Press conference, Big Green Block Party celebration event. Event and public tours planned for opening of the Phipps Conservatory and Botanical Gardens.
Pittsburgh, Pa. Phipps Conservatory and Botanical Gardens continues to progress sustainably. First of all it’s getting ready for next month’s opening of the Exhibit Staging Center (ESC). In addition, it’s a state-of-the-art facility. One which is being masterfully transformed from a dilapidated public works garage. Thereby transformed into a building of groundbreaking sustainability.
Upon completion, showcasing therefore three of the “Greenest Buildings in the World.”
So on a Single Site showcasing a first-of-its-kind nexus. Featuring revolutionary green buildings of three different construction types. A new (Center for Sustainable Landscapes). Also a modular (Nature Lab) and existing (ESC). Serving as a model to inspire guests from around the world.
Maintenance staff and grounds crew, a group whose well-being is often overlooked. It will be the primary occupants of the ESC. Which is designed to ensure that the health and well-being of all staff members is a top priority. To enhance the guest experience, the ESC will be open to visitors for a unique behind-the-scenes look at the Conservatory’s past and future flower shows. Guests can enter a vestibule to view future display props. Props being constructed will also offer a look into the Phipps Vault. Trips where historic topiaries and props from past shows displayed. With more features including a yoga studio and fitness room. Because Phipps’ ESC will set the standard for healthy existing buildings. Debuting thereby as one of the greenest structures of its kind.
This former public works building was similarly a typical industrial facility of the 1960s. Therefore similarly complete with block wall masonry. As well as a flat roof and no windows. Also, was in no way sustainable in its design. Phipps committed to adaptive re-use of space. That’s through collaborative, holistic processes. Processes with a design team led by FortyEighty Architecture. Resulting in thereby a dynamic, modernized structure. A structure with the goal of achieving three of the world’s most rigorous building standard certifications. They are Living Building Challenge, LEED® Platinum and WELL Platinum.
So upon completion of the ESC and successful fulfillment. All of the Living Building Challenge’s one-year performance period. Phipps will have therefore three Living Buildings on its site. All emerging as the first multi-facility living system of its kind in the world.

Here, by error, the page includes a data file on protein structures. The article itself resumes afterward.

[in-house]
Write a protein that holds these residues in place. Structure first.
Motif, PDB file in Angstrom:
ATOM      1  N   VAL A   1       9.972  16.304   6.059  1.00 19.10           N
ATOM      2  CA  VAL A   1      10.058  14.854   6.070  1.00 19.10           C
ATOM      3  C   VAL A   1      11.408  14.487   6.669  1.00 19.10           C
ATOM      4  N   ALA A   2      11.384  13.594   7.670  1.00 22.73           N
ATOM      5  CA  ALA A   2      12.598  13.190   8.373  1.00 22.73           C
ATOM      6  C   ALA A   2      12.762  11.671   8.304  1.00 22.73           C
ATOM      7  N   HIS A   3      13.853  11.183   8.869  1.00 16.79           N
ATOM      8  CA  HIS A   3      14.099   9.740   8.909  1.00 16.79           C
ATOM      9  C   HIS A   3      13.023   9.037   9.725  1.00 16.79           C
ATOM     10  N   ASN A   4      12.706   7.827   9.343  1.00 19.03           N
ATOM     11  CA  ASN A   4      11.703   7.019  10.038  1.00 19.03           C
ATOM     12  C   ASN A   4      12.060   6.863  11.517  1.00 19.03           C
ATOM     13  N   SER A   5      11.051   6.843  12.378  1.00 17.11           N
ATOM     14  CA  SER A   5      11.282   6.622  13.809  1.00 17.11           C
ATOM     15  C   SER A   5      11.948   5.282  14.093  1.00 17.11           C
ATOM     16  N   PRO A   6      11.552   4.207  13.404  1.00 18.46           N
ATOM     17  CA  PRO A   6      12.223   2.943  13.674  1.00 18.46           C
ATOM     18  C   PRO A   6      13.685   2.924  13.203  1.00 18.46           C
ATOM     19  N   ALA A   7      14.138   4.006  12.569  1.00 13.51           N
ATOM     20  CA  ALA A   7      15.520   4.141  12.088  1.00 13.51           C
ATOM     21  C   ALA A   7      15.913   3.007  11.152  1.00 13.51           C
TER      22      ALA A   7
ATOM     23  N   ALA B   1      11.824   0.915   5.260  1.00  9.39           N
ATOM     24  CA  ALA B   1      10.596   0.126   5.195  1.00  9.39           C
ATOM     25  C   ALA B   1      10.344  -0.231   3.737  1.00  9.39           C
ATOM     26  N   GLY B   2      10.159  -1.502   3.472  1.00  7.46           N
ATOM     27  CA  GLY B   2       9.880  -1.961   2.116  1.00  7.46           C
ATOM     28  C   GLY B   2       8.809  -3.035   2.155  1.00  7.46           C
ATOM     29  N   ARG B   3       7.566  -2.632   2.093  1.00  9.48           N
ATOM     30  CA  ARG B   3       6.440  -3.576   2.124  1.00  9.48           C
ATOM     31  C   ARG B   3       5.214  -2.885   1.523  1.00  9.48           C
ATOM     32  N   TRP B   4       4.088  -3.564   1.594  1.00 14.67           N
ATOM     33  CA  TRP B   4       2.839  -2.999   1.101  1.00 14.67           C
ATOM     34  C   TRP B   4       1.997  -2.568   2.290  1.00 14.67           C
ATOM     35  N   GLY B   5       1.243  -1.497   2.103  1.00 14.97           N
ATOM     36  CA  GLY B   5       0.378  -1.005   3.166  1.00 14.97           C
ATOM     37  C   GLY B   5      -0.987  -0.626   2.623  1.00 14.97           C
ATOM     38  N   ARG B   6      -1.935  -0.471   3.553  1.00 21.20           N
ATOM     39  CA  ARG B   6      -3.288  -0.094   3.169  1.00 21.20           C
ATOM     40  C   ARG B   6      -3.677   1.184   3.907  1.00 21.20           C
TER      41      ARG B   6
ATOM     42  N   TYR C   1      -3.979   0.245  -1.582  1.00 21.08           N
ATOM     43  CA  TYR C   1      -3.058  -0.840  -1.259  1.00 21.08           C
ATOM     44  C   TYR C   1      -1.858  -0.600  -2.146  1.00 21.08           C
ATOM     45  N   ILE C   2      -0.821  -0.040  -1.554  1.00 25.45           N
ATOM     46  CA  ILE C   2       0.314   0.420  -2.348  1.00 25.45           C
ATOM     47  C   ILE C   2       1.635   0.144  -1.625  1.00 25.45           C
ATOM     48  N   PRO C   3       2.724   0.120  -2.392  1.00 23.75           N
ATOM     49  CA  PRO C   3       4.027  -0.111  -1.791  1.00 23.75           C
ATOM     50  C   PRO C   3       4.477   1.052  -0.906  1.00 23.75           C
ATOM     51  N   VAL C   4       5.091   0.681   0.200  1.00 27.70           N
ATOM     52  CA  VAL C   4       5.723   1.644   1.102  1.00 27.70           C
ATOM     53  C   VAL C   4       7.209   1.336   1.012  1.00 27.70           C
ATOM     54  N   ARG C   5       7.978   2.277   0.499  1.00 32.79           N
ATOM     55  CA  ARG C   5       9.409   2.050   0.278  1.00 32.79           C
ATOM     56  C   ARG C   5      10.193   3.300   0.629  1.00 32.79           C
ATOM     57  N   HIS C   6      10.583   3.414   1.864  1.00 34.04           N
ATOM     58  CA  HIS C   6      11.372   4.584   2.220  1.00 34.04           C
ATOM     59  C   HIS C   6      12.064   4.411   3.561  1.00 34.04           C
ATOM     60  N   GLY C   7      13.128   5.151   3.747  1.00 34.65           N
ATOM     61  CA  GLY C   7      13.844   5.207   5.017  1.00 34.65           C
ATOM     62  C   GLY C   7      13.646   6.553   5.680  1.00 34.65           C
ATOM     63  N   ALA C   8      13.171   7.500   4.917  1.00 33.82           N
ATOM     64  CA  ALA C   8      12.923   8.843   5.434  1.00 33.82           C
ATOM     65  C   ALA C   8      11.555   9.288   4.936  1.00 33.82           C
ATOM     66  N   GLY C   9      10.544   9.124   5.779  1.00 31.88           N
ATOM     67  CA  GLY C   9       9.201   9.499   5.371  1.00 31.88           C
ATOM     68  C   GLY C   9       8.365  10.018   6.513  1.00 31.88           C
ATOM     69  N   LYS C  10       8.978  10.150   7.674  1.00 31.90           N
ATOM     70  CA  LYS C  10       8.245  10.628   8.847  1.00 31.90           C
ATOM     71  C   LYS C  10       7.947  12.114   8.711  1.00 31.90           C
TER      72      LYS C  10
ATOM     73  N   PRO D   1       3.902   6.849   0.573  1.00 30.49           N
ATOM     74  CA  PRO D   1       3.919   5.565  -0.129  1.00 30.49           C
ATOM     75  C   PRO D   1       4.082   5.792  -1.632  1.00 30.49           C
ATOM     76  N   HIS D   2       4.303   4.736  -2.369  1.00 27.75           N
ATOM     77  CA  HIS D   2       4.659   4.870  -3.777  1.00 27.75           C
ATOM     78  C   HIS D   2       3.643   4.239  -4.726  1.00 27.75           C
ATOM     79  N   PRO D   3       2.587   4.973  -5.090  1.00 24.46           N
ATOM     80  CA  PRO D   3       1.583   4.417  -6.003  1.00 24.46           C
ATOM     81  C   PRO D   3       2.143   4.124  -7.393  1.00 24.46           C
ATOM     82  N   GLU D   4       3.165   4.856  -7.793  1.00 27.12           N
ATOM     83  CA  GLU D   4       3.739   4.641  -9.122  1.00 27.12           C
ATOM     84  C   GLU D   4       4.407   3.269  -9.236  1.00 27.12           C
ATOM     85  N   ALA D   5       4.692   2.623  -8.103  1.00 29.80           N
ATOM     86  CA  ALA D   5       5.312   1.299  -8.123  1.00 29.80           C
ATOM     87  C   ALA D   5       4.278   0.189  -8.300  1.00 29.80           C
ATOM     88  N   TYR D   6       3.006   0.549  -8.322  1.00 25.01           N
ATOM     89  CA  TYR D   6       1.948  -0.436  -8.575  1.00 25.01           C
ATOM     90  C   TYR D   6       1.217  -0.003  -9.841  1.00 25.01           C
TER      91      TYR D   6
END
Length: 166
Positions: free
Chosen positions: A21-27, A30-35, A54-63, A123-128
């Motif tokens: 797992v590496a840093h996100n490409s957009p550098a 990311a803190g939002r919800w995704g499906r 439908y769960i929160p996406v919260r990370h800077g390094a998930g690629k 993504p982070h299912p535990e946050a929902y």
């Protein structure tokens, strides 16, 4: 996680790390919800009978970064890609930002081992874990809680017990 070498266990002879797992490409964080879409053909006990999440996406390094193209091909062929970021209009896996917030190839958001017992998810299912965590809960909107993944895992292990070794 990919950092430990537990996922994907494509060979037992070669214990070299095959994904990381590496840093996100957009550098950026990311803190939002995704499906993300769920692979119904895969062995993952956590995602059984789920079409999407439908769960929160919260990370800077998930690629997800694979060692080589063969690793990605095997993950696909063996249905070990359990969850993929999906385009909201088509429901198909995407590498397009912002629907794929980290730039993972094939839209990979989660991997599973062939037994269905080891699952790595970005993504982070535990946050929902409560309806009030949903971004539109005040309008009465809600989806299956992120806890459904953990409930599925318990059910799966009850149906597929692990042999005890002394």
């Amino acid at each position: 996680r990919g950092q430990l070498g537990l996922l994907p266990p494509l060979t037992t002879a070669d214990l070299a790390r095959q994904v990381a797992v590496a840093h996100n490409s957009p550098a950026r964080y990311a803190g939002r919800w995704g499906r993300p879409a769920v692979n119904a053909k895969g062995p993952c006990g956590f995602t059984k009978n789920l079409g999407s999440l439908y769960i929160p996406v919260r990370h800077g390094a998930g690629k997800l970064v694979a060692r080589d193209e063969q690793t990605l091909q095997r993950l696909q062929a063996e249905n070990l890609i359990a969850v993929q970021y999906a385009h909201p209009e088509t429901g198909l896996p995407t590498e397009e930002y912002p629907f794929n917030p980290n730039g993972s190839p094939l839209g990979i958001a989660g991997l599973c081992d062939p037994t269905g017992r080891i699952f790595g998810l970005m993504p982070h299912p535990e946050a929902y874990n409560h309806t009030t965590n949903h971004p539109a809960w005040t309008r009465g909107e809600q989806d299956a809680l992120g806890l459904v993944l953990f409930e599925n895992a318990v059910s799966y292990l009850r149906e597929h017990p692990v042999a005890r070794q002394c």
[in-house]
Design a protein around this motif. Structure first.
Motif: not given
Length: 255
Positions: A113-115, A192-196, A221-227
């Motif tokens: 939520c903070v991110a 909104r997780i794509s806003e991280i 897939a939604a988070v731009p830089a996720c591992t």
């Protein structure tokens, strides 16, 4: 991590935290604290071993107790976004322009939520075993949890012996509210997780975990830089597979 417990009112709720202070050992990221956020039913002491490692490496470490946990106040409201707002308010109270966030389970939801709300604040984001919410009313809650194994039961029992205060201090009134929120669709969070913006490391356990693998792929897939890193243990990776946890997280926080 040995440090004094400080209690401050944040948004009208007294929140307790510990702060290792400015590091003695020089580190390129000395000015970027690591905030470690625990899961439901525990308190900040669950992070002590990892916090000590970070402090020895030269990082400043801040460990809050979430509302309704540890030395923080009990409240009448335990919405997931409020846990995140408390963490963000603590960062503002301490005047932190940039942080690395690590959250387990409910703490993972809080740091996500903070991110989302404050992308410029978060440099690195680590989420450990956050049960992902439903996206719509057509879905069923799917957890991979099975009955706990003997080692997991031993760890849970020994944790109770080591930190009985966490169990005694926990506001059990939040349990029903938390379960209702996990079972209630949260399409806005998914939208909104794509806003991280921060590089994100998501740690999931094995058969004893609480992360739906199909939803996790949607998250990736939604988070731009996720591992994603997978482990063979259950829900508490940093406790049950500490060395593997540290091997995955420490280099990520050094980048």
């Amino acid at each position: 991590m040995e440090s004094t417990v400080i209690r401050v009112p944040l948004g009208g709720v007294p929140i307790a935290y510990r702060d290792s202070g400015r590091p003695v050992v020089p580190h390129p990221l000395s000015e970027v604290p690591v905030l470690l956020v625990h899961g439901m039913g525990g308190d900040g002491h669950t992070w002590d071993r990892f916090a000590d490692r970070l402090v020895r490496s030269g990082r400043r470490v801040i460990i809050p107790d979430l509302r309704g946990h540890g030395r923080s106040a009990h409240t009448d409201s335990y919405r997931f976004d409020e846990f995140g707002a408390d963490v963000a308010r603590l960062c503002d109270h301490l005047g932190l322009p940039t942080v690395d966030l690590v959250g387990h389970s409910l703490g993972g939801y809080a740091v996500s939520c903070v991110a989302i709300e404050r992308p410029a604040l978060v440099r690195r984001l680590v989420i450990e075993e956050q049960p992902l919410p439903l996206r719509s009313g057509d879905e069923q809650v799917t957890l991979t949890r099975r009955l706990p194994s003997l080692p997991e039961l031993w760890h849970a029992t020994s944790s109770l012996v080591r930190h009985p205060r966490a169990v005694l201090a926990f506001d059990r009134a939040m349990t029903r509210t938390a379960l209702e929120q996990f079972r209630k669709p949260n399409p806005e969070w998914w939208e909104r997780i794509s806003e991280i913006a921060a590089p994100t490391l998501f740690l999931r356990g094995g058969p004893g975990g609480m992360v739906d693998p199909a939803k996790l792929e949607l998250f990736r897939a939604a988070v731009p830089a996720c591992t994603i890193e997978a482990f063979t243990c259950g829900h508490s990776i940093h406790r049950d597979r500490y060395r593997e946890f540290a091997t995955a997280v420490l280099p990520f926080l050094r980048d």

ESC Sustainable Highlights:
- The ESC’s project site, a remediated brownfield. They restored as a safe environment for people, plants and animals.
- Biophilic design elements and art celebrating the bonds between humans and nature. Plus, healthy impacts of the building on occupants and guests.
- The ESC’s vegetative living wall further enhances the building’s biophilic connection.
- The facility is designed to generate all the energy it uses each year and capture and manage all storm water that falls on site.
- With geothermal wells buried into the ground, building is able to efficiently heat and cool the facility. All by harnessing the natural energy from the earth’s consistent 55-degree internal temperature.
- The roof of the ESC is therefore home to photovoltaic solar panels. Solar panels which capture the sun’s energy to thereby convert to electricity.
The DC Difference:
In conclusion, Direct current (DC) electricity is the form of electricity. Collected by solar panels and as a result storing by their batteries. However most American buildings use alternating current (AC). In conventional settings, a device called a solar inverter is converts the DC electricity from solar panels into AC. Therefore wasting 10 – 15% of solar energy in the process of converting to AC and then back to DC. Then again to power LED light bulbs. So ESC breaks this wasteful convention. All using direct DC from the solar panels and batteries. These for the lights in the building.
1.The lagoon next to the ESC to store rainwater. Also, duplicate the natural treatment processes. Treatment of marshes and wetlands on site.
2. Chemical-free sanitary water recycled and treated. Treated through a constructed wetland that uses natural plants and microbes. As well as sand filters and UV lights.
3. Also a green roof over the ESC’s vestibule helps manage storm water.
4. In conclusion, the Philips Conservatory and Botanical Gardens use of Declare label products. Products along with Living Building Red List materials. Which means the building is free. Free from many of the toxic chemicals typically found in building materials.